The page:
Mgxaji, a slim Xhosa, was born in Tsolo Location, which later became Duncan Village, near East London, on September 18, 1949. He began boxing at the age of eight when he learnt the game in the Peacock Hall. He called himself “Blueboy” but later switched to “Happyboy,” which referred to his late brother.
He attended Duncan Village Primary School and enrolled at the Welsh High School. But after nine months, he dropped out and never went back.
Little is known about his amateur career but he joined the professional ranks in May 1969, under the guidance of Mzoli Madyaka. In his debut, he outpointed Isaac Khoza over six rounds in Port Elizabeth. The young fighter had an unusual shuffling style; influenced by Muhammad Ali as many other young fighters were at the time.
He was absolutely dedicated and never shirked training. In his the first two years as a professional, he won 19 fights, including one for the Cape Province junior lightweight title when he stopped Mongezi Twani in five. He also won the Cape lightweight title with a victory over the experienced Joe Africa.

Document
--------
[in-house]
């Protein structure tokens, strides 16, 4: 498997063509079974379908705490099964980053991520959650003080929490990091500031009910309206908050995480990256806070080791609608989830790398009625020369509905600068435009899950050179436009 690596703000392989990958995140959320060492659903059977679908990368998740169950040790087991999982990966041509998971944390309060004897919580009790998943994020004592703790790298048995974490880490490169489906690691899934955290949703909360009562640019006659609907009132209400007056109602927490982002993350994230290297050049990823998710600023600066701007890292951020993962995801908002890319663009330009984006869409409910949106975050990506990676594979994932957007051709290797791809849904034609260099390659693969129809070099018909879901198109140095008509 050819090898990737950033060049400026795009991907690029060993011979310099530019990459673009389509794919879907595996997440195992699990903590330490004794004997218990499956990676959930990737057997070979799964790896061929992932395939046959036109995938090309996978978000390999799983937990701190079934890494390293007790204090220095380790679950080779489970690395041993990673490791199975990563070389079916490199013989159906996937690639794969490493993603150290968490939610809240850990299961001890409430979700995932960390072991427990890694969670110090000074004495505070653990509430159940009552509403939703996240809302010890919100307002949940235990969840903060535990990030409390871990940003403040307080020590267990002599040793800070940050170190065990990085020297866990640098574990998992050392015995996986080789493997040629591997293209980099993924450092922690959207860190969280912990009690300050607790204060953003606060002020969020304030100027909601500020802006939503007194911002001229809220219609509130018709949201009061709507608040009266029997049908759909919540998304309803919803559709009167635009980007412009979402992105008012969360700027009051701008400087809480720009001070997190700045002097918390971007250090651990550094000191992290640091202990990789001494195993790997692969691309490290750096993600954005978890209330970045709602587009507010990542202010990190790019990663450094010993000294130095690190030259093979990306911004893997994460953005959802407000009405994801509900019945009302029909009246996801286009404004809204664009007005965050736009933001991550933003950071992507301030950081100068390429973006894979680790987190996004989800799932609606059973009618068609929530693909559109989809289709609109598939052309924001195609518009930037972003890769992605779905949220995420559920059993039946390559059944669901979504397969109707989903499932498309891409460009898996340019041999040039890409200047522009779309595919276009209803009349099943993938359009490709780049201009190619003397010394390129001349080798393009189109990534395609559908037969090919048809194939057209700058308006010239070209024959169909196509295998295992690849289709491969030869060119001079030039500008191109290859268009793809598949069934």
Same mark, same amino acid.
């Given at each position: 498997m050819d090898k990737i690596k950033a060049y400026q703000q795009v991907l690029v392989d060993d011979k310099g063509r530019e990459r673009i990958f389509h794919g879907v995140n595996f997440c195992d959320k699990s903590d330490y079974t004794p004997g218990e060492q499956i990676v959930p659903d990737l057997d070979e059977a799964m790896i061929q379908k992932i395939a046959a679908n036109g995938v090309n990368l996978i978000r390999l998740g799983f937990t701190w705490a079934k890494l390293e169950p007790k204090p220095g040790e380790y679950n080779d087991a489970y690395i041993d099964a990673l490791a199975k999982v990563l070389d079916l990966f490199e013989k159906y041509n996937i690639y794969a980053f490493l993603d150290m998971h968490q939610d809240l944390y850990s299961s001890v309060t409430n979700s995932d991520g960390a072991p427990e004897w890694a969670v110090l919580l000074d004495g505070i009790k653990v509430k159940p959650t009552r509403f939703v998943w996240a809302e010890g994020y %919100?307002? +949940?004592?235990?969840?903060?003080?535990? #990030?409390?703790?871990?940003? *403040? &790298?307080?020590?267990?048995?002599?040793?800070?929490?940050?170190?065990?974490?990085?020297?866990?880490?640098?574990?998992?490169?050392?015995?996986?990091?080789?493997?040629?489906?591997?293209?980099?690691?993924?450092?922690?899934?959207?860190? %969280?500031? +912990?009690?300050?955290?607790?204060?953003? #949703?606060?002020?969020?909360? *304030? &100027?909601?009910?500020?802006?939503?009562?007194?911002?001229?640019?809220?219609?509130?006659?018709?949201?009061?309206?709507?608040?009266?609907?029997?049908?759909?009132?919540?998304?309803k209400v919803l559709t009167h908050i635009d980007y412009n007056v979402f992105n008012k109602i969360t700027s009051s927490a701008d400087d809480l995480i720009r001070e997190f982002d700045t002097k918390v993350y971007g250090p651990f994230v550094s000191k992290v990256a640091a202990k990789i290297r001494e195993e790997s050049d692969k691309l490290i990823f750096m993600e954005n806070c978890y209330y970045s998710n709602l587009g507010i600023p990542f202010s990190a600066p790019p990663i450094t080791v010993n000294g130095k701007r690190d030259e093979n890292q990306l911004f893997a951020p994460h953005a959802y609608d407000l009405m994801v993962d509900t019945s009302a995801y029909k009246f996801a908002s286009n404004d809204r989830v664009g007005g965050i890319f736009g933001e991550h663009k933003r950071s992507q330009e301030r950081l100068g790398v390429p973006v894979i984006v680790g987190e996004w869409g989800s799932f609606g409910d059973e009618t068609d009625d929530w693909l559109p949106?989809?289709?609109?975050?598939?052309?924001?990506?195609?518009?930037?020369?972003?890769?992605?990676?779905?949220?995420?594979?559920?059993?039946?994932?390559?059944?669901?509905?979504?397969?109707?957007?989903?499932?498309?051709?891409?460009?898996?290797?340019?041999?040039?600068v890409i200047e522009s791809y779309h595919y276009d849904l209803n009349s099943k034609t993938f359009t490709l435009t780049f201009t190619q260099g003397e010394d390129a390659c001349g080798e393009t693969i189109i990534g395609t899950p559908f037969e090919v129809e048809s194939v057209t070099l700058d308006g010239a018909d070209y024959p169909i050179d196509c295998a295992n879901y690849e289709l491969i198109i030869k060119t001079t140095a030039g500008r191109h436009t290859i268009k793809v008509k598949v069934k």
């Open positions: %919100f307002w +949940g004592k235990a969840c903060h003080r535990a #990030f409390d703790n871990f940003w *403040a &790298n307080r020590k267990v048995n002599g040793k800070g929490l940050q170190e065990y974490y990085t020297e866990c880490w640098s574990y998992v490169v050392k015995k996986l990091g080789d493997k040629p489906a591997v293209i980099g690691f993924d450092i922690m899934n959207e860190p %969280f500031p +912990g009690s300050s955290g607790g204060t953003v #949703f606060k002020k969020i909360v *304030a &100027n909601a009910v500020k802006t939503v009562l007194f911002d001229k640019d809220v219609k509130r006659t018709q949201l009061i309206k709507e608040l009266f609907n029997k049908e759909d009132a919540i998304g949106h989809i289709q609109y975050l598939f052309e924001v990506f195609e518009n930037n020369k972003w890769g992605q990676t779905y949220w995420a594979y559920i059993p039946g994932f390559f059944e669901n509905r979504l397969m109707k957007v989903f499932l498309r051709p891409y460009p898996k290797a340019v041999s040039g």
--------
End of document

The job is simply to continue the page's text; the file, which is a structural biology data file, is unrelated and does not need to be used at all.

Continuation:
In February 1971, Mgxaji beat Terrence Makuluza, who went on to become a respected fighter in the middleweight division. Makuluza is still in the game as a referee and judge.There was no stopping the exiting young Mxaji as he reeled of victories over fighters such as Levi Madi, Alfred Buqwana, Blakeny Matthews and Gideon Borias.
On June 24, 1972, Mxaji had his first crack at a national title when he took on Anthony Morodi for the SA junior lightweight belt at Jabulani, near Johannesburg. Morodi was too experienced and Mgxaji suffered his first loss, beaten on points over 12 rounds.
When Mxaji beat Moses Mthembu on points over eight rounds on September 2, 1972, it was the first time that boxing had been staged at the Sisa Dukashe Stadium in Mdantsane. He regularly attracted crowds of more than 25 000 to the venue later in his career.